Presently, the nation of Pakistan finds itself ensnared in intricate economic circumstances of a challenging nature. The entirety of extant economic strategies within the confines of Pakistan’s economic landscape is subject to the pervasive influence of the International Monetary Fund (IMF).
In a momentous juncture, the governmental authorities have unequivocally affirmed their determination to eschew any augmentation in remuneration and retirement stipends beyond the prescribed limits delineated in the initial quarter of fiscal year 2024 (Q1).
This steadfast commitment aligns seamlessly with the stipulations outlined in the Memorandum of Economic and Financial Policies, an accord forged during the inaugural evaluation of the Stand-By-Arrangement, with representatives of the International Monetary Fund (IMF) being party thereto.
Ergo, the pronouncement of a moratorium on pension increments is an outcome of the pact with the IMF. These recent developments have engendered disquietude among a myriad of former government employees.
Relevant documentation unveiled on a Sunday offers elucidation on the government’s stance regarding fiscal responsibility.
Despite this solemn undertaking, a demonstration ensued on January 18, 2024, wherein government clerks voiced their dissent. The clerical cohort advocated for a 10% escalation in the disparity reduction allowance and a 70% amplification in medical, transportation, and housing allowances for individuals in grades 1–16.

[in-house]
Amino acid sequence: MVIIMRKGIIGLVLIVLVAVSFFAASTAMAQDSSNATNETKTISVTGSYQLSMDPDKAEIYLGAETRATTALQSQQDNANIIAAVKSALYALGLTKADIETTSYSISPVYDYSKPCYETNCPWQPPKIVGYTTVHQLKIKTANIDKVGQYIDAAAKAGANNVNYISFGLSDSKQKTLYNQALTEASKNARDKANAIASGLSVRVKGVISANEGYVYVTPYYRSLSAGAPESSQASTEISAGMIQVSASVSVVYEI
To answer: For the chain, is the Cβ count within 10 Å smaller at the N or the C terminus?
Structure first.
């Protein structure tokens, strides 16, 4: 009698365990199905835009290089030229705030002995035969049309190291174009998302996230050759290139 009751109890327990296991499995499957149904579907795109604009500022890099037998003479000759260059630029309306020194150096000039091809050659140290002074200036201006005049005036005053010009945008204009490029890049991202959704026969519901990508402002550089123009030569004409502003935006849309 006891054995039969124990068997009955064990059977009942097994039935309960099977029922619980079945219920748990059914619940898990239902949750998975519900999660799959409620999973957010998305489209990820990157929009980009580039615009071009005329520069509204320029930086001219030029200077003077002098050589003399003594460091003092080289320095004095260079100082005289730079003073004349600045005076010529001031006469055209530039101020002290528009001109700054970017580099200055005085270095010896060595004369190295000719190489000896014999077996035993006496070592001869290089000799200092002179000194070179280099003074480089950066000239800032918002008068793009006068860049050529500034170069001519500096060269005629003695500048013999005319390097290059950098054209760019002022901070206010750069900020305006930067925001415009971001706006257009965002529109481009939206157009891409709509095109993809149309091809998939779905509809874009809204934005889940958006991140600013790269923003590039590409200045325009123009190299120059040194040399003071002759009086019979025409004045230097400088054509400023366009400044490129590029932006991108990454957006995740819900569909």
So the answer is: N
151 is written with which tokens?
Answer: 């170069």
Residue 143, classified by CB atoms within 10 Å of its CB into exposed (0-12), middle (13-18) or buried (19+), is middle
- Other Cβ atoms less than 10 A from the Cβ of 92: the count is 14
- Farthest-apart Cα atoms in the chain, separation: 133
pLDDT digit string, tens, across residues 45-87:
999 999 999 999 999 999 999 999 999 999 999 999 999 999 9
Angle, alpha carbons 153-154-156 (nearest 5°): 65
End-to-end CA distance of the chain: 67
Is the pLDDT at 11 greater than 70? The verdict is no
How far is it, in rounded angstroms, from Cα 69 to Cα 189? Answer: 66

As reported by the Business Recorder, the Chief Coordinator of the All Government Employees Grand Alliance (AGEGA) conveyed the alliance’s resistance to alterations in pensionary provisions and the imposition of disparity allowances for those in grades 1-16.
The Chief intimated that the Finance Division had dispatched a synopsis of pension revisions, soliciting input from the Establishment Division, Ministry of Interior, and Law and Justice Division regarding the proposed modifications.
About the suggested amendments, employees of the federal government would be entitled to a gross pension equivalent to 70% of the average pensionable emoluments earned during the thirty-six months antecedent to retirement, augmented by penalties for early retirement.
The blueprint also delineates the option for an employee to opt for early retirement after rendering 25 years of service, subject to a 3% reduction in gross pension from the retiring year until reaching the age of superannuation.
Family pensions, ensuing upon the demise or disqualification of the spouse, would be accessible to the remaining eligible family members for a maximum duration of ten years. In the case of the Shuhada Pension, eligibility for family members would be prolonged for 20 years after the spouse’s demise or disqualification.
Furthermore, in scenarios wherein pensioners have offspring with disabilities or special needs, the family pension would endure for the duration of their lifetimes.
An additional salient provision permits federal government employees to commute up to 25% of their gross pension at the point of retirement, in contrast to the extant 35%, contingent upon the terms and conditions stipulated by the federal government.